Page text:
The Asabiyyah cycle begins with nomadic groups living out in remote regions (or the ‘lands of insolence’, as the Moroccan rulers rather charmingly called their tribal areas). At this stage, Ibn Khaldun wrote in The Muqaddimah, group feeling is strong, “since everybody’s affection for his family and his group is more important (than anything else). Compassion and affection for one’s blood relations and relatives exists in human nature as something God put into the hearts of men. It makes for mutual support and aid, and increases the fear felt by the enemy.” People without family to defend them “cannot live in the desert, because they would fall prey to any nation that might want to swallow them up”.
In the earliest days of the cycle the group is held together easily because it is tied by kinship. Ibn Khaldun wrote that “Group feeling produces the ability to defend oneself, to offer opposition, to protect oneself, and to press one’s claims. Whoever loses it is too weak to do any of these things.”
But as these conquering tribes go from nomadism (badawah) to civilization (hadharah), the natural cohesion fades, and individuals and families begin to look after their own interests. Social solidarity collapses. At some stage kingdoms come to rely on mercenaries or slave armies, which to Ibn Khaldun is sure proof that the dynasty in question no longer commands asabiyyah. In the words of one scholar of Ibn Khaldun: “When only those compelled or paid to fight will die in your name the end is near.”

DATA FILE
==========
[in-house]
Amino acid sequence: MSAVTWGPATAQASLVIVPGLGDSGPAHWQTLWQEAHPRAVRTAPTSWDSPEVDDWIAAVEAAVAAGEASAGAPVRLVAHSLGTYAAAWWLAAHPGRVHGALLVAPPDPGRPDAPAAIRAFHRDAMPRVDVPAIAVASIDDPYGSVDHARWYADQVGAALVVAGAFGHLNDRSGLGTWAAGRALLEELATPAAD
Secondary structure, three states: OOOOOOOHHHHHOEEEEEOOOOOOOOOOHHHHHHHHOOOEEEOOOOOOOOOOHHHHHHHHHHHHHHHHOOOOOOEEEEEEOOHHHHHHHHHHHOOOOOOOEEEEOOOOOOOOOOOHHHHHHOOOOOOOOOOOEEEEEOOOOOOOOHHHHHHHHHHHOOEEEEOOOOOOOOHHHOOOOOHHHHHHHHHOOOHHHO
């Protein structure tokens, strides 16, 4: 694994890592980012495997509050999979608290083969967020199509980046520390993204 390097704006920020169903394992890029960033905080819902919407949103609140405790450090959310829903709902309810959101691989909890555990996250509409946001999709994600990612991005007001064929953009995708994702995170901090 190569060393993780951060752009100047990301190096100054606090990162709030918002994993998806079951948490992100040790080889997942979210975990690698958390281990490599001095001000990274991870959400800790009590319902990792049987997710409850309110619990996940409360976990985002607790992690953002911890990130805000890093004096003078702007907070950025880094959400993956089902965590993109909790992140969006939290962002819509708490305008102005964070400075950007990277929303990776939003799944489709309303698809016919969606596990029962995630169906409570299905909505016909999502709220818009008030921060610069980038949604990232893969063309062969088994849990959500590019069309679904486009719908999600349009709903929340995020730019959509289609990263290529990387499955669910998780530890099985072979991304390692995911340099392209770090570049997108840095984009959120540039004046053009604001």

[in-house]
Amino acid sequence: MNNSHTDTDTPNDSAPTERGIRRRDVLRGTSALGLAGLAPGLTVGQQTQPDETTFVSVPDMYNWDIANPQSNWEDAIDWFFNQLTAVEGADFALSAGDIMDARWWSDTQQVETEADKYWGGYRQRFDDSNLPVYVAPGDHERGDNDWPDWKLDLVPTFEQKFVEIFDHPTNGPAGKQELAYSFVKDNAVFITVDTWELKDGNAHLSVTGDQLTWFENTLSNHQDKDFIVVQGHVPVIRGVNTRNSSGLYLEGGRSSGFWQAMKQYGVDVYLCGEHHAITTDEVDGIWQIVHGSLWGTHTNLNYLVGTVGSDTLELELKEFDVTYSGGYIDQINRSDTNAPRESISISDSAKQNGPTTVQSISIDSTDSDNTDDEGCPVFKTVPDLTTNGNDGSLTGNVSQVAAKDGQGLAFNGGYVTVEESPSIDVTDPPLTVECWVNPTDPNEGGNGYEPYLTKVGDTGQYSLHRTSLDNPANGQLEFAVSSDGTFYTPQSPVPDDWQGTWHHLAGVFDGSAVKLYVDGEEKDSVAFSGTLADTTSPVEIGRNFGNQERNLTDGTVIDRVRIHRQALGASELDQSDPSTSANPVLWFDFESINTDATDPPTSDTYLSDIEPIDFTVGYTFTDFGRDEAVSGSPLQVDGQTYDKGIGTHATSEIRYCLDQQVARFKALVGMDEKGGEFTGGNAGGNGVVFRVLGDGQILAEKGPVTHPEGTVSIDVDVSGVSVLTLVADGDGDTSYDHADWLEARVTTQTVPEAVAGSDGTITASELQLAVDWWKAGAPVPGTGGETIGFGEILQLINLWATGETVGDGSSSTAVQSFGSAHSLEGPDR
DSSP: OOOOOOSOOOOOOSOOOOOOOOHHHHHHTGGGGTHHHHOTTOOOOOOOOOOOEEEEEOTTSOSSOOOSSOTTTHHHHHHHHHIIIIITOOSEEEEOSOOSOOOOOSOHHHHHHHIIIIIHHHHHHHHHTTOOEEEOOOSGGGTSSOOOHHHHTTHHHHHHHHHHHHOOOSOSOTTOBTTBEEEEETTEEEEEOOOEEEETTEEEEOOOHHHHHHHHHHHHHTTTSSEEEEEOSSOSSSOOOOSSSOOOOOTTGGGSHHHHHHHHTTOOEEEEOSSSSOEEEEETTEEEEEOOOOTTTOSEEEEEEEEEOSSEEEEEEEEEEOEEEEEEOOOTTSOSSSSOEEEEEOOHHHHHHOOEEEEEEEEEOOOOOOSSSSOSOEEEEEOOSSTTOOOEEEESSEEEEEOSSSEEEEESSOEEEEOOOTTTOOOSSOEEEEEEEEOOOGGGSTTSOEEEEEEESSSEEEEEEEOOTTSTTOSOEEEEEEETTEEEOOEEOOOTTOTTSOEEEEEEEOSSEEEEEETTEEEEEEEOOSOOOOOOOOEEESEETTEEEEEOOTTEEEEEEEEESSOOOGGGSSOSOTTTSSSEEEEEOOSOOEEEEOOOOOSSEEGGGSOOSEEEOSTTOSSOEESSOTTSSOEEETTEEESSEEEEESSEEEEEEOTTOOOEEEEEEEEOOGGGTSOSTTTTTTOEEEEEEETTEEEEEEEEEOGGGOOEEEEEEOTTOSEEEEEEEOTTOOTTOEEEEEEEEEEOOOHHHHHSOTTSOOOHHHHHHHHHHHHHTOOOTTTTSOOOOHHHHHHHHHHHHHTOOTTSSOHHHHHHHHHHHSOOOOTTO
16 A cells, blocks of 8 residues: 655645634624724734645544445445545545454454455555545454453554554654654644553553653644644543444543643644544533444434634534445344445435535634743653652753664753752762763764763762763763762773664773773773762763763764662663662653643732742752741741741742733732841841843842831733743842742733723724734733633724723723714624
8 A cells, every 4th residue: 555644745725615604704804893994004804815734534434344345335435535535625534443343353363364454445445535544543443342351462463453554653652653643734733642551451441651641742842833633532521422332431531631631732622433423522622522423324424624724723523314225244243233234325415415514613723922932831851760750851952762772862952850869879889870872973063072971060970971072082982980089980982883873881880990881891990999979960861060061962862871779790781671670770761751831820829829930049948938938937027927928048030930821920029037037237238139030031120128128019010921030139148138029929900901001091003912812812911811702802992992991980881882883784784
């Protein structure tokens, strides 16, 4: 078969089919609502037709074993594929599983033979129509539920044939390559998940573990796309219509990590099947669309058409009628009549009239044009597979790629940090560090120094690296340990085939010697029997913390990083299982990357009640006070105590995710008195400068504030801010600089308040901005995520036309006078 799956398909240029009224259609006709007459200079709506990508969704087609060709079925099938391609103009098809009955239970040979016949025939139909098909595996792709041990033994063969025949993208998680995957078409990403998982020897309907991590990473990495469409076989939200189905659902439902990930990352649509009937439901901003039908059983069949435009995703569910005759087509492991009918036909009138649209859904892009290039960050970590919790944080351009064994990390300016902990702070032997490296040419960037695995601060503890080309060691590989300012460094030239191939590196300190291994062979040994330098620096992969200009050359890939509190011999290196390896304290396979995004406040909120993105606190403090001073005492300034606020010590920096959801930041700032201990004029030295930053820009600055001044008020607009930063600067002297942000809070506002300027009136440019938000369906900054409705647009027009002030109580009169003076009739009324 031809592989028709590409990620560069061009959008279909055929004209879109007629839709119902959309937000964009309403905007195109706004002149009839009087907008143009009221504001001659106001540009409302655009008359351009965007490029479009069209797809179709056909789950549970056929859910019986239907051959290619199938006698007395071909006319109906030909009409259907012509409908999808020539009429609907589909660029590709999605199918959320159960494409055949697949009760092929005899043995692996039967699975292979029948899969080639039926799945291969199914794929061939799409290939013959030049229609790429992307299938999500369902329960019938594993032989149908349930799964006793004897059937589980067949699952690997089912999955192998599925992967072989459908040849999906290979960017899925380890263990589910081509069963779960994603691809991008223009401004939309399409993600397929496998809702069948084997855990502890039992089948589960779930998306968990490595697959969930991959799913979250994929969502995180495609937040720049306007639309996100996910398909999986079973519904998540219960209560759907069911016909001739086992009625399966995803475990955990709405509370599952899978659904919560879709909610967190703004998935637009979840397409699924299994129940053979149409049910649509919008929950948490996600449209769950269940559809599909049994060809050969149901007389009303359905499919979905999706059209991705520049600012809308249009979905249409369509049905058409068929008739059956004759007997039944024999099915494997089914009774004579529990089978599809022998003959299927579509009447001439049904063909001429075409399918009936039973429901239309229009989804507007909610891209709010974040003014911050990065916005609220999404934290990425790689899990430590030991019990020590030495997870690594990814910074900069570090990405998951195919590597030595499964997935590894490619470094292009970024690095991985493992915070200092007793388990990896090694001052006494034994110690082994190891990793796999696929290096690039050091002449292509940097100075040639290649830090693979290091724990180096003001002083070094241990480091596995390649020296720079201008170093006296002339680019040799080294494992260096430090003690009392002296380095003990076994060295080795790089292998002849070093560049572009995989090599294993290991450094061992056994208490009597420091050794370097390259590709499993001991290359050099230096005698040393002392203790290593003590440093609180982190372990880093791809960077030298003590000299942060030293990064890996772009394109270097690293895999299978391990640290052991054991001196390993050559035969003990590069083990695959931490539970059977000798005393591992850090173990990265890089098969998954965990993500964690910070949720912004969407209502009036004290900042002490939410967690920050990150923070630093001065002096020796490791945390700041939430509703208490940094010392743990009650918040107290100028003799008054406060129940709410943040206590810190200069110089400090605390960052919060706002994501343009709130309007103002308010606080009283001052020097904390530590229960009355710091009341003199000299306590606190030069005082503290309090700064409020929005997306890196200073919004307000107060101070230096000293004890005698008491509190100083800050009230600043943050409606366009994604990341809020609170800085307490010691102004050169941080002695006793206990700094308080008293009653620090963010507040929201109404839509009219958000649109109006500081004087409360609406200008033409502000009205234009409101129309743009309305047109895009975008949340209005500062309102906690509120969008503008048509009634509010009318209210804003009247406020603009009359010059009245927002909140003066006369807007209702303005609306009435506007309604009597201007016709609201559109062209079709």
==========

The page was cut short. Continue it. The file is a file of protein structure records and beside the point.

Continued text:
Settled, urbanised societies therefore become vulnerable and may be conquered by another group with stronger asabiyyah. Thus we have the cycle, from growth to riches to ruin, a process that occurred most famously in the Roman Empire but also within the Islamic world itself; Greeks and Persians were replaced by Arabs who established dynasties in Baghdad, Damascus and Cairo, but who were in turn conquered by Mongols and Turks, while the Berber Almohad dynasty overran the Almoravid in Spain and the Maghreb. Further afield in India and China ancient, settled civilizations were conquered by less sophisticated nomads. Some, of course, may see disturbing echoes in modern Europe, where social solidarity has collapsed, along with any will to control borders.